Age-specific atrial fibrillation incidence, attributable risk factors and risk of stroke and mortality: results from the MORGAM Consortium

Bente Morseth, Bastiaan Geelhoed, Allan Linneberg, Lars Johansson, Kari Kuulasmaa, Veikko Salomaa, Licia Iacoviello, Simona Costanzo, Stefan Söderberg, Teemu J Niiranen, Julie K K Vishram-Nielsen, Inger Njølstad, Tom Wilsgaard, Ellisiv B Mathiesen, Maja-Lisa Løchen, Tanja Zeller, Stefan Blankenberg, Francisco M Ojeda, Renate B Schnabel, MORGAM consortium

9 Citations (Scopus)


BACKGROUND: The main aim was to examine age-specific risk factor associations with incident atrial fibrillation (AF) and their attributable fraction in a large European cohort. Additionally, we aimed to examine risk of stroke and mortality in relation to new-onset AF across age.

METHODS: We used individual-level data (n=66 951, 49.1% men, age range 40-98 years at baseline) from five European cohorts of the MOnica Risk, Genetics, Archiving and Monograph Consortium. The participants were followed for incident AF for up to 10 years and the association with modifiable risk factors from the baseline examinations (body mass index (BMI), hypertension, diabetes, daily smoking, alcohol consumption and history of stroke and myocardial infarction (MI)) was examined. Additionally, the participants were followed up for incident stroke and all-cause mortality after new-onset AF.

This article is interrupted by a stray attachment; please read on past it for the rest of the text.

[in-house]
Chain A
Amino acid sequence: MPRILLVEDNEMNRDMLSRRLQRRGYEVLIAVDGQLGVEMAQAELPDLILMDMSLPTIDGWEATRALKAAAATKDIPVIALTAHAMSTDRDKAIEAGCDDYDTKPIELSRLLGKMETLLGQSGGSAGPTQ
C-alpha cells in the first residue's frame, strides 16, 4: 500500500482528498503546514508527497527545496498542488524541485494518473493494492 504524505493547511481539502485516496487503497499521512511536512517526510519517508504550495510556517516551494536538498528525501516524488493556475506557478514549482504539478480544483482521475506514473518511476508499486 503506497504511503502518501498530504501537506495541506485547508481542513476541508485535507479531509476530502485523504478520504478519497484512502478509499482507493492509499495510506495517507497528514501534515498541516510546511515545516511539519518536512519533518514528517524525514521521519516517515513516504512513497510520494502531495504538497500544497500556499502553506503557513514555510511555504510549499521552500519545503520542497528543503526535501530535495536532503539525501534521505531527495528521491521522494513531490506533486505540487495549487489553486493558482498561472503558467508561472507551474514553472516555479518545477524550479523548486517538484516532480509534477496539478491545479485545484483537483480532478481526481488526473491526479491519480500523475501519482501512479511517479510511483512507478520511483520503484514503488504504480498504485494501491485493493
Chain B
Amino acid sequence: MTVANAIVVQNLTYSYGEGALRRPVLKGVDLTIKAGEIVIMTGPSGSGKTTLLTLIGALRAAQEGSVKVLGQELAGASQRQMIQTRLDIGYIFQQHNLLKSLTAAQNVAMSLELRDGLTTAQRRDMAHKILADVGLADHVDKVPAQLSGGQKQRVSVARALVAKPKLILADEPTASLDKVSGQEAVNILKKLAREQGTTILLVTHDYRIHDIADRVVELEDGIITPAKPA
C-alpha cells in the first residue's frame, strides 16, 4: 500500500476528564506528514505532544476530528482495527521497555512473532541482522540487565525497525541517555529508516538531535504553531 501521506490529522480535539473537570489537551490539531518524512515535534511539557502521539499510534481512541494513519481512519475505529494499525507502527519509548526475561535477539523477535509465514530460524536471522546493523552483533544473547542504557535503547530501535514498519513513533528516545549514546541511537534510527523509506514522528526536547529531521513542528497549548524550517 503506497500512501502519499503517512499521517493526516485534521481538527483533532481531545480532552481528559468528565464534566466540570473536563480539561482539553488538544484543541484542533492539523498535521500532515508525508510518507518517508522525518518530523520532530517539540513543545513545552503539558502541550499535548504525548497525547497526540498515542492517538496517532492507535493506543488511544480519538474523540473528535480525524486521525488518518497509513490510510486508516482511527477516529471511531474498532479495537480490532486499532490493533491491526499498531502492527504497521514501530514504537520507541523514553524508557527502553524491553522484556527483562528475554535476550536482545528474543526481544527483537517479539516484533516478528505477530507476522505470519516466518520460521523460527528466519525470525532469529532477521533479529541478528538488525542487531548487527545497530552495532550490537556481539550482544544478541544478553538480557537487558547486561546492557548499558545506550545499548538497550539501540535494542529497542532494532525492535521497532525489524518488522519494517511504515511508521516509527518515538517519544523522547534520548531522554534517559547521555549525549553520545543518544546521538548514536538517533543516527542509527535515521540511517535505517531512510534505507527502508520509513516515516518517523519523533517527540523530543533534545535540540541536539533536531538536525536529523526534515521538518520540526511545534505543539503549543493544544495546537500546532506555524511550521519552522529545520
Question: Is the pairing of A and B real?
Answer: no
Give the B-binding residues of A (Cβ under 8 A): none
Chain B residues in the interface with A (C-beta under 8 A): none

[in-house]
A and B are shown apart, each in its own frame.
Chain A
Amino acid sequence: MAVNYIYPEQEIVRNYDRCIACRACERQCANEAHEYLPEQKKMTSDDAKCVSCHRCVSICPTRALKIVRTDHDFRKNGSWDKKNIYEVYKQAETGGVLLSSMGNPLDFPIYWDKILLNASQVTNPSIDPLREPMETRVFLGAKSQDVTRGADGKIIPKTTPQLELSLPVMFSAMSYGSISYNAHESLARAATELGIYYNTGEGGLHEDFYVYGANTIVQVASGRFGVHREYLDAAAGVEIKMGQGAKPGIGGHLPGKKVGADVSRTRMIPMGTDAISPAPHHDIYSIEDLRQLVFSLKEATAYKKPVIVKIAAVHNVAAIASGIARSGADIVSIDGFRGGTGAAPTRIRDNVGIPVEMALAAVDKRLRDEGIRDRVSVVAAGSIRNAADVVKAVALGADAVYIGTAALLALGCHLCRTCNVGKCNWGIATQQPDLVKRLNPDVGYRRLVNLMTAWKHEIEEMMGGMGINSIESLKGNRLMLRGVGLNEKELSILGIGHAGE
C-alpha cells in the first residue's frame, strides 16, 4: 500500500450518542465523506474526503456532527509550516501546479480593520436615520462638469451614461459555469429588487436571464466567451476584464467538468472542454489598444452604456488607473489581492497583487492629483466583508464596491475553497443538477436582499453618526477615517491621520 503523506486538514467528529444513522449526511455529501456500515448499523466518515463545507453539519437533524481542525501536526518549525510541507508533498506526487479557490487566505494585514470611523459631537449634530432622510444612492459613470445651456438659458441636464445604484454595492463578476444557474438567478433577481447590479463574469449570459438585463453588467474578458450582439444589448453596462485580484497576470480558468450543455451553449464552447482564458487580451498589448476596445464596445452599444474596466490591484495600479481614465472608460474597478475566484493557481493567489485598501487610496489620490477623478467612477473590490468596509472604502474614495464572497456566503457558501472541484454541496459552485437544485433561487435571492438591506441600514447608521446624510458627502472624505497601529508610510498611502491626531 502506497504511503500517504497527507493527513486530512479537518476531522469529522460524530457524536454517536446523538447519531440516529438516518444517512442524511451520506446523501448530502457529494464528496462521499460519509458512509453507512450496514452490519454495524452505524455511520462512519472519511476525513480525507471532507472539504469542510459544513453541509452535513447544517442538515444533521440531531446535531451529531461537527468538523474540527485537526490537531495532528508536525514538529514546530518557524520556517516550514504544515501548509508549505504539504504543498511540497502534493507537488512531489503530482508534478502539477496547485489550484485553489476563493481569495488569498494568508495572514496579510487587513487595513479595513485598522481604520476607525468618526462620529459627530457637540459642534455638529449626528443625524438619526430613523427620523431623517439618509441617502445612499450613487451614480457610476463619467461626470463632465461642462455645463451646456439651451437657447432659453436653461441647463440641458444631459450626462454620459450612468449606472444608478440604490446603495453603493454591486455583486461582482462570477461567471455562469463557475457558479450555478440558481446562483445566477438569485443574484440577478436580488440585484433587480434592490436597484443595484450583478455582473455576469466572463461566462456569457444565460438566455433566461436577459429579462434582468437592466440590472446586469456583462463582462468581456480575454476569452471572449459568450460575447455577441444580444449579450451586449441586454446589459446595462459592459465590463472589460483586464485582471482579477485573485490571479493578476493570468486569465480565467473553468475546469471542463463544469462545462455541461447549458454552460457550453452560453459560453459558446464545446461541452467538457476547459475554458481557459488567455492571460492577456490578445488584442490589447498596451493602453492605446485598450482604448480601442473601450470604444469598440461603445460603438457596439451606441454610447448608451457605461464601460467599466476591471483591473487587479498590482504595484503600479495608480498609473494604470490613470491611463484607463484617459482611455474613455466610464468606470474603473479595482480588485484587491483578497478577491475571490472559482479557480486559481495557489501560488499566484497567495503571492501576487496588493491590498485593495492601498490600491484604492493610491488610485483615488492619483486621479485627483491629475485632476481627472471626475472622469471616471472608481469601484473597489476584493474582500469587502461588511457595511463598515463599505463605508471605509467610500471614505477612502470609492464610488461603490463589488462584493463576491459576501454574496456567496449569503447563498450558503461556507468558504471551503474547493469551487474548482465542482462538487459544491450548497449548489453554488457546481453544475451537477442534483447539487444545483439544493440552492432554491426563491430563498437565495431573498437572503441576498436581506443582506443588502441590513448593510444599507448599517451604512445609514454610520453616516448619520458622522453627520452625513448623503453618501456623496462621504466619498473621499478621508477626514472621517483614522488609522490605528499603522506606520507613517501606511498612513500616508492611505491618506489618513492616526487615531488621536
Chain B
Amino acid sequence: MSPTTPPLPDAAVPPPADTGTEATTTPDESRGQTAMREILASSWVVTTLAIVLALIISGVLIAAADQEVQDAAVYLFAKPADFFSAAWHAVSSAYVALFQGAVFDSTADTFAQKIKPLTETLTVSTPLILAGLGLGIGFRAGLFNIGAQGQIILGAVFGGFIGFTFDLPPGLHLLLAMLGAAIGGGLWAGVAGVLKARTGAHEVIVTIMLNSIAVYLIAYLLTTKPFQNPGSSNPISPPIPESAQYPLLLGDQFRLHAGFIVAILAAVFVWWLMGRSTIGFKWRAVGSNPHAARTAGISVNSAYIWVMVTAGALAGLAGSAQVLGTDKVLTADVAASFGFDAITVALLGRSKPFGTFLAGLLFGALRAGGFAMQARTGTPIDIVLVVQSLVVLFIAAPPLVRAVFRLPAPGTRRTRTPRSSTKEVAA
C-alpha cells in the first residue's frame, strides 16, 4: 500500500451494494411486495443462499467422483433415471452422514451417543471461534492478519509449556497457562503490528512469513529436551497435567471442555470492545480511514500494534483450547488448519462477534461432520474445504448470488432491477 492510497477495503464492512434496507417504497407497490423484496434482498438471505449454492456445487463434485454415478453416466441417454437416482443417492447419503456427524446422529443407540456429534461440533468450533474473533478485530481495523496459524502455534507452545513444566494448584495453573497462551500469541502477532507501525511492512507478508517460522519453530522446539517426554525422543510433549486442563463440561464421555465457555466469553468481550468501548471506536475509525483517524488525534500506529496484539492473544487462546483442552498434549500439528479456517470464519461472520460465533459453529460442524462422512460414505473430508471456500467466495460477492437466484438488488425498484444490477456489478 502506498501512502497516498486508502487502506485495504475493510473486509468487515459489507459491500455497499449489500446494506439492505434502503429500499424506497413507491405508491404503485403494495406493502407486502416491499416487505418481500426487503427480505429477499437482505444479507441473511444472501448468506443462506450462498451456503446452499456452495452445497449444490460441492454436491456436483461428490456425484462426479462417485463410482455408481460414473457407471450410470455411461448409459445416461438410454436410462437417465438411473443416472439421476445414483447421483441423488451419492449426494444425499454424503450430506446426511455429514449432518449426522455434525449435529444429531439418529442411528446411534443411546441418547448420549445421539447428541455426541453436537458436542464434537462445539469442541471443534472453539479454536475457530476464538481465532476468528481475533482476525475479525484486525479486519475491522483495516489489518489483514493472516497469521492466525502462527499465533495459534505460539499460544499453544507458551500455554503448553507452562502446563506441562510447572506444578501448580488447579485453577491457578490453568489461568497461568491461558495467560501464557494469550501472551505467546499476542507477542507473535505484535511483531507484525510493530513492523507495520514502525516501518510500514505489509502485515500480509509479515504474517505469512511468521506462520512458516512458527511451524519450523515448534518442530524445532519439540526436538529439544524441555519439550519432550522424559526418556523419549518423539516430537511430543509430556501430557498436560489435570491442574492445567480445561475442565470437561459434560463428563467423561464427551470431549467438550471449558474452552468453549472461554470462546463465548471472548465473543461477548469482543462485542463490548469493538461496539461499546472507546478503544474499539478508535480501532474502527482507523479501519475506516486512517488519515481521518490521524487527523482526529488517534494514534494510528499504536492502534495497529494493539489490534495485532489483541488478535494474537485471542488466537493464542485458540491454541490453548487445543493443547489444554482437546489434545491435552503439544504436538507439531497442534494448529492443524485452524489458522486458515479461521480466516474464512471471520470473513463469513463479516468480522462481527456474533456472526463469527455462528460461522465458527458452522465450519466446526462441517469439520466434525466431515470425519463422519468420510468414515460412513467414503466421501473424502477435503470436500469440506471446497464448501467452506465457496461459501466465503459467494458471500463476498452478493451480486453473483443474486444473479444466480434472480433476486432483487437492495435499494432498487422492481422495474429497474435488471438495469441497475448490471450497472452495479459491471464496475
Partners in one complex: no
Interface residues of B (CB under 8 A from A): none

RESULTS: AF incidence increased from 0.9 per 1000 person-years at baseline age 40-49 years, to 17.7 at baseline age ≥70 years. Multivariable-adjusted Cox models showed that higher BMI, hypertension, high alcohol consumption and a history of stroke or MI were associated with increased risk of AF across age groups (p<0.05). Between 30% and 40% of the AF risk could be attributed to BMI, hypertension and a history of stroke or MI. New-onset AF was associated with a twofold increase in risk of stroke and death at ages≥70 years (p≤0.001).

CONCLUSION: In this large European cohort aged 40 years and above, risk of AF was largely attributed to BMI, high alcohol consumption and a history MI or stroke from middle age. Thus, preventive measures for AF should target risk factors such as obesity and hypertension from early age and continue throughout life.

Original languageEnglish
Article numbere001624
JournalOpen Heart
Issue number2
Pages (from-to)e001624
Publication statusPublished - Jul 2021


  • atrial fibrillation
  • epidemiology
  • risk factors
  • stroke


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